Packers' stance turns from swagger to stagger Week 9 Preview

October 24, 1997|By Vito Stellino | Vito Stellino,SUN STAFF

The Green Bay Packers have gotten a lesson in humility this year.

Just two months ago, safety LeRoy Butler was talking about the Super Bowl champions posting a perfect season.

But after struggling to a 5-2 start and failing to cover the spread in all seven games, the Packers find themselves two-point underdogs when they go to Foxboro Stadium on Monday night for a Super Bowl rematch against the New England Patriots.

Not surprisingly, Butler is singing a different tune.

What are the Packers' chances of repeating?

"Not very good," Butler said. "Until we start playing better, we can forget about that repeating stuff. If we don't start playing better, we'll be struggling to make the playoffs."

The Packers have been hurt by injuries and the usual letdown that comes with being Super Bowl champions.

It hasn't helped that quarterback Brett Favre isn't having an MVP year and that their defense, hampered by the absence of injured nose tackle Gilbert Brown, is ranked 27th against the run. Last year, it was fourth.

Coach Mike Holmgren gave the players the bye week off in an attempt to recharge their batteries.

They also hope that Brown, who's listed as questionable with a kneecap injury, can return.

Defensive tackle Santana Dotson said Brown is eager to get back on the field.

"He's like a horse in the stalls who's kicking around and can't wait to get out there," Dotson said.

The Packers are so desperate for defensive line help that they picked up Gerald Williams off waivers from the Carolina Panthers earlier this week.

How the Packers are able to defend against Patriots running back Curtis Martin will play a key role in the game.

The Patriots also are 5-2 after suffering a 24-19 loss to the New York Jets and their old coach, Bill Parcells, who got a game-winning relief performance from quarterback Glenn Foley.

The Patriots are favored because they have the home-field advantage in what is the first Super Bowl rematch to be held on a Monday night.

And after saddling ABC with the Bills-Colts yawner this past Monday, the NFL made amends with this matchup.

Best of the rest

Vikings at Bucs: When Tampa Bay beat Minnesota, 28-14, on Sept. 14, it was considered a surprise, but it became part of the Bucs' 5-0 start. This time, the Bucs are favored despite two straight losses. The winner will share first place in the NFC Central with Green Bay if the Packers win. If the Packers lose, the winner gets sole possession.

The Bucs have more at stake because another loss would start speculation that they're reverting to their losing ways. The Vikings, by contrast, have won three straight, and quarterback Brad Johnson is having a great year.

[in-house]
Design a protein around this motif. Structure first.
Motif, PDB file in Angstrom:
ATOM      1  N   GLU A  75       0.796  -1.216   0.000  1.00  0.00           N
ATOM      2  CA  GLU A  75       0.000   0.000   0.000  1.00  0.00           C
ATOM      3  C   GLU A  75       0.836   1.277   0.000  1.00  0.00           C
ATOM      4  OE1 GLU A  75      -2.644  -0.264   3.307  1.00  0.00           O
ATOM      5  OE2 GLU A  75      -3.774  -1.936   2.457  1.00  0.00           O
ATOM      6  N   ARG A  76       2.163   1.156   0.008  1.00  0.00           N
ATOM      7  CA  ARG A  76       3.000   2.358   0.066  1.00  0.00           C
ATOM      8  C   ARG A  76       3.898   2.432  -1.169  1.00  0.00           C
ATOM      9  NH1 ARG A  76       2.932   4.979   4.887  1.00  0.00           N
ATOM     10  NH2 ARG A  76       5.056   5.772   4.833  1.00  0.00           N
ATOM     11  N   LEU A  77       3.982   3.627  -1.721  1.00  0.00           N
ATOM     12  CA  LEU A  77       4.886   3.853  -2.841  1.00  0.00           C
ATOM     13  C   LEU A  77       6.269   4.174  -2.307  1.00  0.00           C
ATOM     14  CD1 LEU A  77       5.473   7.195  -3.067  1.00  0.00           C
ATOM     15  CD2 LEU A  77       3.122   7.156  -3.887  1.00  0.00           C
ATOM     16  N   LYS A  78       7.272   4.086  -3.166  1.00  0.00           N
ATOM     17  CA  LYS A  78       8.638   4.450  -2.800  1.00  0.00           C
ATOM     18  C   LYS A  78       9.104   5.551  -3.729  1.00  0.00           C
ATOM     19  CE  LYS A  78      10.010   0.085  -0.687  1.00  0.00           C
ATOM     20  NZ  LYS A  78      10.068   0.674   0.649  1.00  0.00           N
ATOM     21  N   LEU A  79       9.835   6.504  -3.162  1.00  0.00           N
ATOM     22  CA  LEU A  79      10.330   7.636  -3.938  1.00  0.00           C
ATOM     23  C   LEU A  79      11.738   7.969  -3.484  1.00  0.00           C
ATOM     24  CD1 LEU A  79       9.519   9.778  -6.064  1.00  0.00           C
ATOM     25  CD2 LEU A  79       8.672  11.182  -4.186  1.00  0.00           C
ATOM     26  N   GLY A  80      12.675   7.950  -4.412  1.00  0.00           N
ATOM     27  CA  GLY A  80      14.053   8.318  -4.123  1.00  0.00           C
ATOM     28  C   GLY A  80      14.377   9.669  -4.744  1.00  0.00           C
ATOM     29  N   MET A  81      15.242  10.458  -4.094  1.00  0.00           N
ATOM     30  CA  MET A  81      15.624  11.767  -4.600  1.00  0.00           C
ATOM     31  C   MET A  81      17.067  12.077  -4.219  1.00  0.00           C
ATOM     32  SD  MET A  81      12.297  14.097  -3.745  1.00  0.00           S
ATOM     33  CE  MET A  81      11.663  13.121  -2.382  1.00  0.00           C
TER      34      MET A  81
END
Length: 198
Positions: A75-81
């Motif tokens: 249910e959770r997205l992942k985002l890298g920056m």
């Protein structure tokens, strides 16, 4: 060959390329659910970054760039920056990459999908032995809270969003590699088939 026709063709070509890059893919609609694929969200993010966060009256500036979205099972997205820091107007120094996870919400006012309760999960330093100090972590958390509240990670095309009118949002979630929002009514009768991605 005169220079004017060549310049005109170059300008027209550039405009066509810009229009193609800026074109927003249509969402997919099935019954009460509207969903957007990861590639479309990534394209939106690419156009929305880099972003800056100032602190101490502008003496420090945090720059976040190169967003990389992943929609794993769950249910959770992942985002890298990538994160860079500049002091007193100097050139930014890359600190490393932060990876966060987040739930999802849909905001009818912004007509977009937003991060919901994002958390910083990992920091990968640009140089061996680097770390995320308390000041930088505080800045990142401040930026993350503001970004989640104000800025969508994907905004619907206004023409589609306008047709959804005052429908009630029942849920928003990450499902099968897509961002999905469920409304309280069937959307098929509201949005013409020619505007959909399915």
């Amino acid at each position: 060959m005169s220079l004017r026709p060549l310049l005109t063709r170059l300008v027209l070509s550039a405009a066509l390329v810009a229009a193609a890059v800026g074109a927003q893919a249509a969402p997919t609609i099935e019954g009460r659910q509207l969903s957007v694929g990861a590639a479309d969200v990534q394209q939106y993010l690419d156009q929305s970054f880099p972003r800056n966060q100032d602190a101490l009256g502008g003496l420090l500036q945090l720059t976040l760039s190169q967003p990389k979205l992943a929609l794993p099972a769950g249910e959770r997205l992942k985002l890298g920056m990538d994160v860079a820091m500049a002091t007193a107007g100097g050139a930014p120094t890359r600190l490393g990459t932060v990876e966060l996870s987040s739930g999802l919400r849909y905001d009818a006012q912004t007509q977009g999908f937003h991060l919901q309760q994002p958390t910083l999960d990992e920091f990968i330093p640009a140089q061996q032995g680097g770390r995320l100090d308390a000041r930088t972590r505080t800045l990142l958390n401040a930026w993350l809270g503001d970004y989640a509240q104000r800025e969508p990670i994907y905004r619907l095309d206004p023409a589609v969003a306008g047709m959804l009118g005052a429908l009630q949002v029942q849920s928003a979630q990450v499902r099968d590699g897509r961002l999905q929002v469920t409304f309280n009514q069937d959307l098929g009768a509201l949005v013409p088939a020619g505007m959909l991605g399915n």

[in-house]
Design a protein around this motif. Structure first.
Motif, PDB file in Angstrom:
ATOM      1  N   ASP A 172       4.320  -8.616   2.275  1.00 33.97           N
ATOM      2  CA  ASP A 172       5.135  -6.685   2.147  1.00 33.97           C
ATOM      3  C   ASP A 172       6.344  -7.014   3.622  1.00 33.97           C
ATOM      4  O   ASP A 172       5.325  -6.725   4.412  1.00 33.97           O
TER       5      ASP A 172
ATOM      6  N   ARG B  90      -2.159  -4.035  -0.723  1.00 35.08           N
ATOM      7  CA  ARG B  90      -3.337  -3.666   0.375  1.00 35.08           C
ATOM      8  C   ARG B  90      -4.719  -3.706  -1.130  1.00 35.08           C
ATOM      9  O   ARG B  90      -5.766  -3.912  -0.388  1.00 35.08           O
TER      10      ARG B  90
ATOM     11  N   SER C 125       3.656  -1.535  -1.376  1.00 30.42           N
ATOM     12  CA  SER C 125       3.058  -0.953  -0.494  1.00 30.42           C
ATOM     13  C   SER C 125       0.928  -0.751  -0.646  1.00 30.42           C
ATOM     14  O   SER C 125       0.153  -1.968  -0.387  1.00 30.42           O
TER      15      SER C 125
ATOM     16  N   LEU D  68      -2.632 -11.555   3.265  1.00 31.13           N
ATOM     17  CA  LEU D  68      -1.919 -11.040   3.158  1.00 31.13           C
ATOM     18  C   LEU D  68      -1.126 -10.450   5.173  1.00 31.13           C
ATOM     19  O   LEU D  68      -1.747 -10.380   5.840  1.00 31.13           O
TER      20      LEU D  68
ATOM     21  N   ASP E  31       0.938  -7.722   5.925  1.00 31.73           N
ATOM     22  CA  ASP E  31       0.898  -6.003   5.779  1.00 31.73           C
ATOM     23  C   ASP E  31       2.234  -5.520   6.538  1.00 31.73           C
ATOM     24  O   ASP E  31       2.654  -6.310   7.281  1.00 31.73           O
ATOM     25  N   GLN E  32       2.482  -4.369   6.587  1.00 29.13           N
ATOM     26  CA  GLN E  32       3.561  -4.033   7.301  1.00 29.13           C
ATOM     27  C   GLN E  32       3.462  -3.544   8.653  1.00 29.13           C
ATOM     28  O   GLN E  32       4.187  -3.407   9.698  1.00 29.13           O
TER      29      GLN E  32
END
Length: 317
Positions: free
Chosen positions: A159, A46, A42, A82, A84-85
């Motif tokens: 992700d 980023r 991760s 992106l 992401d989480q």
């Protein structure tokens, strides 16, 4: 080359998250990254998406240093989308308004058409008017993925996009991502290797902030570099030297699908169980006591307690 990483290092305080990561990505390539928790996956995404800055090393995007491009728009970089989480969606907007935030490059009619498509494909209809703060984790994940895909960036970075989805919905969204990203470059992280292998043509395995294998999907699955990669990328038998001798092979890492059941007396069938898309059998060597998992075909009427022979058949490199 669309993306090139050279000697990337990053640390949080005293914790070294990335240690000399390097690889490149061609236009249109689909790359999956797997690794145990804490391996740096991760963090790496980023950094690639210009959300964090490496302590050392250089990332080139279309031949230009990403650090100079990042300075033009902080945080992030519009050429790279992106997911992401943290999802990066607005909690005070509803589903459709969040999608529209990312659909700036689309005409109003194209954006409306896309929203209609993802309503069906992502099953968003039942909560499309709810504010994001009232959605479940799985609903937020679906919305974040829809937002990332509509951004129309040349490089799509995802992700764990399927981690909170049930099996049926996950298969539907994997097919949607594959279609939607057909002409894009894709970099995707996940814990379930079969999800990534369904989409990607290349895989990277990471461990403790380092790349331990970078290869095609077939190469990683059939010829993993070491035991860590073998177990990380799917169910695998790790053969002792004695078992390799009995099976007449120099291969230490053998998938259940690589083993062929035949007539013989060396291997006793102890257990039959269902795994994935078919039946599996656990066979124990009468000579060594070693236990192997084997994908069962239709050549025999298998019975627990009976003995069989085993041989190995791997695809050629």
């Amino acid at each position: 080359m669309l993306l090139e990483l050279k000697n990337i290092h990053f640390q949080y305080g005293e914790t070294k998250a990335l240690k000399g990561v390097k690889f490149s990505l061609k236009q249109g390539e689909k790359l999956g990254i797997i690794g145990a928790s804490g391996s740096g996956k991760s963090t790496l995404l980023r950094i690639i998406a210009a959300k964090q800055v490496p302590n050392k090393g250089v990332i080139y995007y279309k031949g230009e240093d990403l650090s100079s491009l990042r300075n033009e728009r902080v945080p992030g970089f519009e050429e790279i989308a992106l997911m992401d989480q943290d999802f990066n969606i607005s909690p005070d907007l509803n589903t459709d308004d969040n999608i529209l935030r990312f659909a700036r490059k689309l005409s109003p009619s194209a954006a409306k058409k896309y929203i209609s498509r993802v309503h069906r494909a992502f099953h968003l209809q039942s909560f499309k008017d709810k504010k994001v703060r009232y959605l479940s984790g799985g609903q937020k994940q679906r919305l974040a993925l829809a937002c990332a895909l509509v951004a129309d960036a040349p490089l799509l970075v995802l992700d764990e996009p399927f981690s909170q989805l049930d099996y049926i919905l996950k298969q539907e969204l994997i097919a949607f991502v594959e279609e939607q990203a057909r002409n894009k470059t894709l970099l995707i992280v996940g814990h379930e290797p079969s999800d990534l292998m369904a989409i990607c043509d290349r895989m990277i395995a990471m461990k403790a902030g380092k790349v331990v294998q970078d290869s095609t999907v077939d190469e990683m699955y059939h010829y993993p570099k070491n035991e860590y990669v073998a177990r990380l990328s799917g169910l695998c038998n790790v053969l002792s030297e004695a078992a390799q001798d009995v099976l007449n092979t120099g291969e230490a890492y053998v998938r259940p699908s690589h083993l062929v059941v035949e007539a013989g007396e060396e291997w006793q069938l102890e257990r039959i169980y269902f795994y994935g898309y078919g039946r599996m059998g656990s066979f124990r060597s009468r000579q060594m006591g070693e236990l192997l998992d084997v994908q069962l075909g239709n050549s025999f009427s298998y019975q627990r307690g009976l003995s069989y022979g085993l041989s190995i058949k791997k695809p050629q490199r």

Jaguars at Steelers: When Pittsburgh went to Jacksonville last month, Jaguars coach Tom Coughlin said the Steelers would decide when this series becomes a rivalry. Pittsburgh promptly lost in Jacksonville for the third straight year (a blocked field-goal attempt at the end was the difference), and the Steelers are now treating this like a rivalry. The two 5-2 teams are playing for first place in the AFC Central.

In the first game, the Steelers' Jerome Bettis ran for 114 yards and the Jaguars' Mark Brunell passed for 306, and they'll again be the main offensive weapons, although the Pittsburgh secondary seems to be improved now that Carnell Lake has switched from safety to cornerback.

Worth a look

Ravens at Redskins: The William Donald Schaefer Bowl is a one-sided rivalry since Redskins fans who follow the Orioles generally don't root against the Ravens the way Baltimore fans root against the Redskins. On the field, it's a pivotal game because both teams are struggling, but neither is taking drastic action and neither is likely to capitalize on the other's main weakness.

Gus Frerotte isn't playing well enough to shred the Ravens' suspect secondary, and it's difficult to run the ball effectively from a three-receiver formation, so the Ravens probably can't pound the Redskins' 29th-ranked rushing defense. That means the game probably will be decided by turnovers.

Cowboys at Eagles: Eagles coach Ray Rhodes switched to Rodney Peete at quarterback last Sunday to give his team a spark, and the Eagles needed overtime to escape with a victory over Arizona. Look for the Eagles to be more fired up for this game because they're playing the Cowboys.

The Cowboys are struggling, but they're still the Cowboys. Dallas, which needed a bad snap on a field-goal attempt to beat the Eagles at home in the first game, already has three road division losses and can't afford another.

Raiders at Seahawks: How can you figure out the Raiders? They started 2-4 and then upset the Broncos last Sunday. Now they can reach .500 by upsetting the Seahawks, who have won four of five after an 0-2 start.

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